William Strahan

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William Strahan (24 March 1715 – 9 July 1785) was a Scottish printer and publisher, and a Member of Parliament.

Born in Edinburgh as William Strachan, and educated at the Royal High School, Strahan was originally apprenticed to an Edinburgh printer but became a Master Printer in London (at which time he changed the spelling of his name). In 1738 he was made a Freeman of the City of London and a freeman of the Stationers' Company. Diversifying from printing to publishing, he built up a highly important and successful business, at one time employing 50 men. He was Samuel Johnson's chief publisher, being entrusted with the printing of Johnson's Dictionary, and also published the works of the philosophers David Hume and Adam Smith, and the historian Edward Gibbon. From 1770, he was Printer to the King.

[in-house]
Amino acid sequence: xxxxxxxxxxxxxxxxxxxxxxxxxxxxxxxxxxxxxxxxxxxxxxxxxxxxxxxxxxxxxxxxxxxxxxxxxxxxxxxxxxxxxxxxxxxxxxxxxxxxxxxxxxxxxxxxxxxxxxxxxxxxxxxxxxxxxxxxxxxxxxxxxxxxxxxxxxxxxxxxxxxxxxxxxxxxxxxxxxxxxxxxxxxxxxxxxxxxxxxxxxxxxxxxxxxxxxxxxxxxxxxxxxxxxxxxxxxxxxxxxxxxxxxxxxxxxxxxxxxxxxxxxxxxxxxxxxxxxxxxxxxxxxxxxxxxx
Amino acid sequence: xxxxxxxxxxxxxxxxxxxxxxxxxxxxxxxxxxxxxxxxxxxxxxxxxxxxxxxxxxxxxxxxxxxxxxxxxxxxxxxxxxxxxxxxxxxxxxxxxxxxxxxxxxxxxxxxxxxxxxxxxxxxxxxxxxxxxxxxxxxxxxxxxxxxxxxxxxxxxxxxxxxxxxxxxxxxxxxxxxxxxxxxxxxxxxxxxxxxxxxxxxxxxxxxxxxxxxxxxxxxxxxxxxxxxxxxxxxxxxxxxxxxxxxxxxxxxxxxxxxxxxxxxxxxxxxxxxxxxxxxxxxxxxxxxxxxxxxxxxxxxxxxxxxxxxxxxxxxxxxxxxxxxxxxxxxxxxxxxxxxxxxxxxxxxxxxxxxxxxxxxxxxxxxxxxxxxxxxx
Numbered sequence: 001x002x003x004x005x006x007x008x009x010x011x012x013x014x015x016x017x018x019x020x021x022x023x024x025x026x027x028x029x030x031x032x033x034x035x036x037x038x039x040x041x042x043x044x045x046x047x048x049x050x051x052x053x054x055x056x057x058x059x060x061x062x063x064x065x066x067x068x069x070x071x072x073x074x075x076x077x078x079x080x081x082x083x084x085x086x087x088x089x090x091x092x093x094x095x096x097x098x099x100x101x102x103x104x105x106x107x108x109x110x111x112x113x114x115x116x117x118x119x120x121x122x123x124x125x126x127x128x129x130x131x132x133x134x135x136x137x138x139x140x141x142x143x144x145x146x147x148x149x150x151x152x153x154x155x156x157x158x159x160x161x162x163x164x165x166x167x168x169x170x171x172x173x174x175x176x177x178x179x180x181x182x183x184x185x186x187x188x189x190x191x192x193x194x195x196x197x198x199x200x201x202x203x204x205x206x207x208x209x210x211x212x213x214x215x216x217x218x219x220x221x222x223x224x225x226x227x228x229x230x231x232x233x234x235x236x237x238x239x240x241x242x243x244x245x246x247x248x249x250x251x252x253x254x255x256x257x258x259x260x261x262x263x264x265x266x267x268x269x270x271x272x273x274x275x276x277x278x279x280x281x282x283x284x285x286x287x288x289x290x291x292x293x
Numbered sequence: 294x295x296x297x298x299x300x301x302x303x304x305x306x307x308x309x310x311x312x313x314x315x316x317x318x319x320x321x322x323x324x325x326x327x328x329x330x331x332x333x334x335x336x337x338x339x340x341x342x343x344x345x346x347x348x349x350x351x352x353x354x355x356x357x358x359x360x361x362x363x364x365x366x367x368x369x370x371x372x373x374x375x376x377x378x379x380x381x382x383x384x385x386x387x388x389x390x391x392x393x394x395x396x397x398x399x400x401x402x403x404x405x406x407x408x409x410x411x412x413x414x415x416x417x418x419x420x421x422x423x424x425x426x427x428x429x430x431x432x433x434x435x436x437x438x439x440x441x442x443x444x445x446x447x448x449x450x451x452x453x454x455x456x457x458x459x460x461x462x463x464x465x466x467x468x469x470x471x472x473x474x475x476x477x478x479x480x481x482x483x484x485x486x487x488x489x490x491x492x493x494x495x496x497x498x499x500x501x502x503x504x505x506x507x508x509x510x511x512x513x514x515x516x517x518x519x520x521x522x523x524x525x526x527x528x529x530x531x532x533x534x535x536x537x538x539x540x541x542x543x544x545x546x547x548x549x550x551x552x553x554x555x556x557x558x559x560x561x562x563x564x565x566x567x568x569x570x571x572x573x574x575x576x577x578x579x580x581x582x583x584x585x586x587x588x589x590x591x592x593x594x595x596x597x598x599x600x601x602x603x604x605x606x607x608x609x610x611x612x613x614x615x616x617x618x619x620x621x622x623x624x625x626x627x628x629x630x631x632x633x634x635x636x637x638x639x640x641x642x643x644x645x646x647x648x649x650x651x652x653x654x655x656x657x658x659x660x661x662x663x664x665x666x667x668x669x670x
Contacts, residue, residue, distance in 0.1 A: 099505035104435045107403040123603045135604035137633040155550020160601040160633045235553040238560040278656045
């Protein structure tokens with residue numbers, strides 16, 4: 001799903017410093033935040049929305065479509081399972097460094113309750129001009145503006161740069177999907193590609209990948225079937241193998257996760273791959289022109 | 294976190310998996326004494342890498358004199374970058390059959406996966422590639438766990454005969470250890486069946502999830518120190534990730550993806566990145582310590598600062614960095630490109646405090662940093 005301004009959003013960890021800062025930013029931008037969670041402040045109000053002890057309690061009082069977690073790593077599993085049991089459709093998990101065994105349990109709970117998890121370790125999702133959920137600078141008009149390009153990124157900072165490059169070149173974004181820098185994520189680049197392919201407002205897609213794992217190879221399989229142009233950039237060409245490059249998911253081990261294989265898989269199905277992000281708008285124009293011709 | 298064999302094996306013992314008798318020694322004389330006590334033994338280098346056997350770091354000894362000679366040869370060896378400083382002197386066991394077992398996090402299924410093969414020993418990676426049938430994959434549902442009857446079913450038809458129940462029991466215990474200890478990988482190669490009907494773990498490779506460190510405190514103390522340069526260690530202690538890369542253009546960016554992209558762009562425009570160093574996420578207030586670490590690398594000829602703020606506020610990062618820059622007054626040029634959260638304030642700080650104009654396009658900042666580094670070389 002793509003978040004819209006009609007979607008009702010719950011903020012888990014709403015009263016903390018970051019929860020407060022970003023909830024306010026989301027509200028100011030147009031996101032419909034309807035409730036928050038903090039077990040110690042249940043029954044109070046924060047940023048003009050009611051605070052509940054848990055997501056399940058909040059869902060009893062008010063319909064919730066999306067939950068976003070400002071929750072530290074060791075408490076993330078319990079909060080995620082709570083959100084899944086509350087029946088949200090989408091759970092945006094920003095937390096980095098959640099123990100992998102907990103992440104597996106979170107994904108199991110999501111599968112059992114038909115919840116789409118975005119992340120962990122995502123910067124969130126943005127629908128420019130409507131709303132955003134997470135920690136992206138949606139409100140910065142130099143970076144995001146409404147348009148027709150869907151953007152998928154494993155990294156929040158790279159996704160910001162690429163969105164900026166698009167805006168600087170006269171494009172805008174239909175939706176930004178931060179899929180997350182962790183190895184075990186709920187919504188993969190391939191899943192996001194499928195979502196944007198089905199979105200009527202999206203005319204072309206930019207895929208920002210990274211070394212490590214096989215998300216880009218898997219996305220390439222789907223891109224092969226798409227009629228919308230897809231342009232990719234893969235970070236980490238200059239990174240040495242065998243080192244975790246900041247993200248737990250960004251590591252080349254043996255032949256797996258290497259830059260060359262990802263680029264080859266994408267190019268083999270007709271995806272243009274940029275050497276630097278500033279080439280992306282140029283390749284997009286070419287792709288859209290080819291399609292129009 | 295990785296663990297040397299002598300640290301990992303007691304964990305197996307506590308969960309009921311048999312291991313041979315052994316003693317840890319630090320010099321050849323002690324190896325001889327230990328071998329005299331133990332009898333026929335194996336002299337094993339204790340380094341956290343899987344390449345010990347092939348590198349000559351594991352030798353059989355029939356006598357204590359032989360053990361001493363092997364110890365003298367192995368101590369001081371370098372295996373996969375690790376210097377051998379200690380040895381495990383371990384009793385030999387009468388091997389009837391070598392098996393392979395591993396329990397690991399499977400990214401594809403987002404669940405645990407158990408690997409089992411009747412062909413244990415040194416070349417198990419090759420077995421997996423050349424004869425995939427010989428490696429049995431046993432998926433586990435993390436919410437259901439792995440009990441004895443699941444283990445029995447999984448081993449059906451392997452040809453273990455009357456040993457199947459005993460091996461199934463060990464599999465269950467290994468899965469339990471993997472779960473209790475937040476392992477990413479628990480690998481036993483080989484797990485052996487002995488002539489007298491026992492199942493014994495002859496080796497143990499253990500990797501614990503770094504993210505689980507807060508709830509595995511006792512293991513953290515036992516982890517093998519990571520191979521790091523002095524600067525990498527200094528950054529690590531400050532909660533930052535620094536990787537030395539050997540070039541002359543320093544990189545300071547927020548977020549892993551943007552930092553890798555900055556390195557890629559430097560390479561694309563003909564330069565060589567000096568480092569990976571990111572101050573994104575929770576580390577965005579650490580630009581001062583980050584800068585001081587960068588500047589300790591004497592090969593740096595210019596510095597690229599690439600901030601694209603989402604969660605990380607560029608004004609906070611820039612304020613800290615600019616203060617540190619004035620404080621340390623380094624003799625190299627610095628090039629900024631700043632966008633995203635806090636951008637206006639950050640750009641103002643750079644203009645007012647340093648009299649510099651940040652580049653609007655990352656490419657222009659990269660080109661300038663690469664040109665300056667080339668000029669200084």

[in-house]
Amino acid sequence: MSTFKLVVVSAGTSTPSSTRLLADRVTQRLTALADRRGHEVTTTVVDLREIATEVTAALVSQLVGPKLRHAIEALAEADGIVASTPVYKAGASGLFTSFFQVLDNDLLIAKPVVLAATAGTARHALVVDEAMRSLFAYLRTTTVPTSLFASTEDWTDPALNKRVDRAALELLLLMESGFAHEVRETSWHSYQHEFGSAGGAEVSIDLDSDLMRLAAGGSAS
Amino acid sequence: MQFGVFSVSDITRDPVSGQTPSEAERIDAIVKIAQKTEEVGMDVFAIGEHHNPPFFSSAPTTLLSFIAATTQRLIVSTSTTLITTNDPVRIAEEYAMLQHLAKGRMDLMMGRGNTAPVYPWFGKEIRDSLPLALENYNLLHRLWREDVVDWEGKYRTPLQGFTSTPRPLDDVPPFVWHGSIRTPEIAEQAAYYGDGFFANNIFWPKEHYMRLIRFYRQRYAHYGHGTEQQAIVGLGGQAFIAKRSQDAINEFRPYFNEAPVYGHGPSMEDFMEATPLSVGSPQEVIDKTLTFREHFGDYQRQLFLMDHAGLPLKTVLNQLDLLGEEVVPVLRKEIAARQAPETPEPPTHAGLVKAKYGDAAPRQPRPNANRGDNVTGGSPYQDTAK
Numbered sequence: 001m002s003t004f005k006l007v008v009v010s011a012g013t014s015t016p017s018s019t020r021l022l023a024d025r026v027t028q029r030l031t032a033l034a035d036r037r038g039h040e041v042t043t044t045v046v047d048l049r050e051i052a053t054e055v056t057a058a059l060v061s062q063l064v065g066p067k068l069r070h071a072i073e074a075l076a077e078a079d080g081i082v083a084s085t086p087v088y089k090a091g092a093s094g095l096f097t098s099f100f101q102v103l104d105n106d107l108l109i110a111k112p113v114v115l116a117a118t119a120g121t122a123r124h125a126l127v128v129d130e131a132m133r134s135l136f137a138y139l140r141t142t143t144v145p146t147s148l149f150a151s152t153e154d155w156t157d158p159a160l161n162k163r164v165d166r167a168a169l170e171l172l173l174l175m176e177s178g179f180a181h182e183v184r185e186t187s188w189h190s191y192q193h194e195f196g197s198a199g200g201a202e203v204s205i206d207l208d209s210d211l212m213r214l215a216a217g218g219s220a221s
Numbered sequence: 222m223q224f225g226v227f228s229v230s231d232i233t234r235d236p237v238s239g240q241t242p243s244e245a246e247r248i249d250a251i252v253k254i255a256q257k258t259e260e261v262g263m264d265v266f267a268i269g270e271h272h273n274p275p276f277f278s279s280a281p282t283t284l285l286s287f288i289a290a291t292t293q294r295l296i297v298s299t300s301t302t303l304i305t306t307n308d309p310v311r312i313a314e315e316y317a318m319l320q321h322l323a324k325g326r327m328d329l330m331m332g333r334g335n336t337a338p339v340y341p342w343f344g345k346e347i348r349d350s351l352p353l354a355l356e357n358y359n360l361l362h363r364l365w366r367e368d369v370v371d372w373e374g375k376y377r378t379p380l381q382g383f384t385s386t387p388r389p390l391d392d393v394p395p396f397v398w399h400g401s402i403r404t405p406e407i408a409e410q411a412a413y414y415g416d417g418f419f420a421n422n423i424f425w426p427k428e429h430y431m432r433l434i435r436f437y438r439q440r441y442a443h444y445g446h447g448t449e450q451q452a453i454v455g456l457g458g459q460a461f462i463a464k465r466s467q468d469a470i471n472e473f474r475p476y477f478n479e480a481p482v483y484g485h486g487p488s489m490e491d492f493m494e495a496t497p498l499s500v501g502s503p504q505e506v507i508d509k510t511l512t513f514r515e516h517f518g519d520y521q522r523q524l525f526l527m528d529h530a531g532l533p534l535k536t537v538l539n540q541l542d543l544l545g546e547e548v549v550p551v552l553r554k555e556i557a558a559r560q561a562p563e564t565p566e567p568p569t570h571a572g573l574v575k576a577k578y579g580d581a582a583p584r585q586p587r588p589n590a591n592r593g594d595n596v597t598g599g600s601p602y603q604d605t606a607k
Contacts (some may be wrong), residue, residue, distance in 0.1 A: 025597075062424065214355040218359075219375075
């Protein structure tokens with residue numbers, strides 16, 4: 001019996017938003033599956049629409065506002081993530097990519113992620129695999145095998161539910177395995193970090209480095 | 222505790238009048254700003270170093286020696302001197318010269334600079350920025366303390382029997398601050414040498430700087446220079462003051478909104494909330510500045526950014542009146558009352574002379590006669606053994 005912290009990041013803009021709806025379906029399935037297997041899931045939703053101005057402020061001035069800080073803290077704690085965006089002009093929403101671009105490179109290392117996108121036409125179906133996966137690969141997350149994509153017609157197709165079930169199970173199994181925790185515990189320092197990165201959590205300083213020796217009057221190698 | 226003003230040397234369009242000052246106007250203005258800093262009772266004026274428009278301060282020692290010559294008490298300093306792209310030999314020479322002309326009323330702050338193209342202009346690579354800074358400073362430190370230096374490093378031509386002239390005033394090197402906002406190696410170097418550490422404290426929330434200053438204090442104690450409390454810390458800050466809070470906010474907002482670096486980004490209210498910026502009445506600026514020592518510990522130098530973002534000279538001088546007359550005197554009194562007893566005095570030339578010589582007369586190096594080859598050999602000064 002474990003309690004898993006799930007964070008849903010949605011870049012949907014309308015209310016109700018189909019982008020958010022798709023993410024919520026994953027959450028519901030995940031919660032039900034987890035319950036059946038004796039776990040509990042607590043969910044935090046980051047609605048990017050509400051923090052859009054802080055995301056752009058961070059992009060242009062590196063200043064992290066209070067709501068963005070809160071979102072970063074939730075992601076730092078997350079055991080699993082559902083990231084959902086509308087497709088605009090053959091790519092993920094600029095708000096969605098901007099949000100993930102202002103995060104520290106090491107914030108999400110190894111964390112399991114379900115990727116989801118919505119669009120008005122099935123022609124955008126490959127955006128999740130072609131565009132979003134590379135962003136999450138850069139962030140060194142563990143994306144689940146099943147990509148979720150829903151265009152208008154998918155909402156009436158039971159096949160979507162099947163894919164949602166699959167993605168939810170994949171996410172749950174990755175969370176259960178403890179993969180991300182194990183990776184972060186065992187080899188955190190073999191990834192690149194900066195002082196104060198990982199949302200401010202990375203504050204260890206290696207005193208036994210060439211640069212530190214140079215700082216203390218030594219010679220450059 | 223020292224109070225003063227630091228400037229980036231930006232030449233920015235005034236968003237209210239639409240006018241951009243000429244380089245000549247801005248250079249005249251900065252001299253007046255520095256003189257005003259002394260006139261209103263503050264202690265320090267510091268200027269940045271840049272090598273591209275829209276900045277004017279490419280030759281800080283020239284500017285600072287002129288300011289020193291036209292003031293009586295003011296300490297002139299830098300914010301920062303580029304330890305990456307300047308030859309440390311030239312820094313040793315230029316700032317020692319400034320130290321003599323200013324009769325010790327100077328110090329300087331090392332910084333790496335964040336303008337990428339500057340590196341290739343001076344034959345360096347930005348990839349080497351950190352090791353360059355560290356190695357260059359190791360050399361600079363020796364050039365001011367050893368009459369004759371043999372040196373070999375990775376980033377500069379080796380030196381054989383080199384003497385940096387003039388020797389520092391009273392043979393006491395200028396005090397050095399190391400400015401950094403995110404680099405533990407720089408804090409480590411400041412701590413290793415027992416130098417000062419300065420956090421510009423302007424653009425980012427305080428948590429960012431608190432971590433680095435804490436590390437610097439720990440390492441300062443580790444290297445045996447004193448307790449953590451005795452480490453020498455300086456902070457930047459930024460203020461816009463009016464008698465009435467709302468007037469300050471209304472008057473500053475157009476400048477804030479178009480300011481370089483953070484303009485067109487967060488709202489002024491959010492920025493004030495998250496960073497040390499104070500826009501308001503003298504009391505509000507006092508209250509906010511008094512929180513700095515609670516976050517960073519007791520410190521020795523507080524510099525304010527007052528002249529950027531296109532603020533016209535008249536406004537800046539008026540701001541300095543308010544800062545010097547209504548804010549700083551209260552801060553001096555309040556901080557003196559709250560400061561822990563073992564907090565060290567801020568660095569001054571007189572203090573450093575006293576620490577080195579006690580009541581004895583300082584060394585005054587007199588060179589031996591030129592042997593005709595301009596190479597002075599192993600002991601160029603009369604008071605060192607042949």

For many years, Strahan attended debates in Parliament and wrote reports of the proceedings that were widely circulated; his paragraphs of political news were frequently printed in the Pennsylvania Gazette, and he became a friend of its owner, Benjamin Franklin. His protege, David Hall, succeeded Franklin at his print shop in Philadelphia when Franklin retired in 1747. At first he sympathised with the grievances of the American colonists, disapproving of the Stamp Act and publishing arguments in favour of a reconciliation in his London Chronicle. However, he later developed a much more hostile attitude,...
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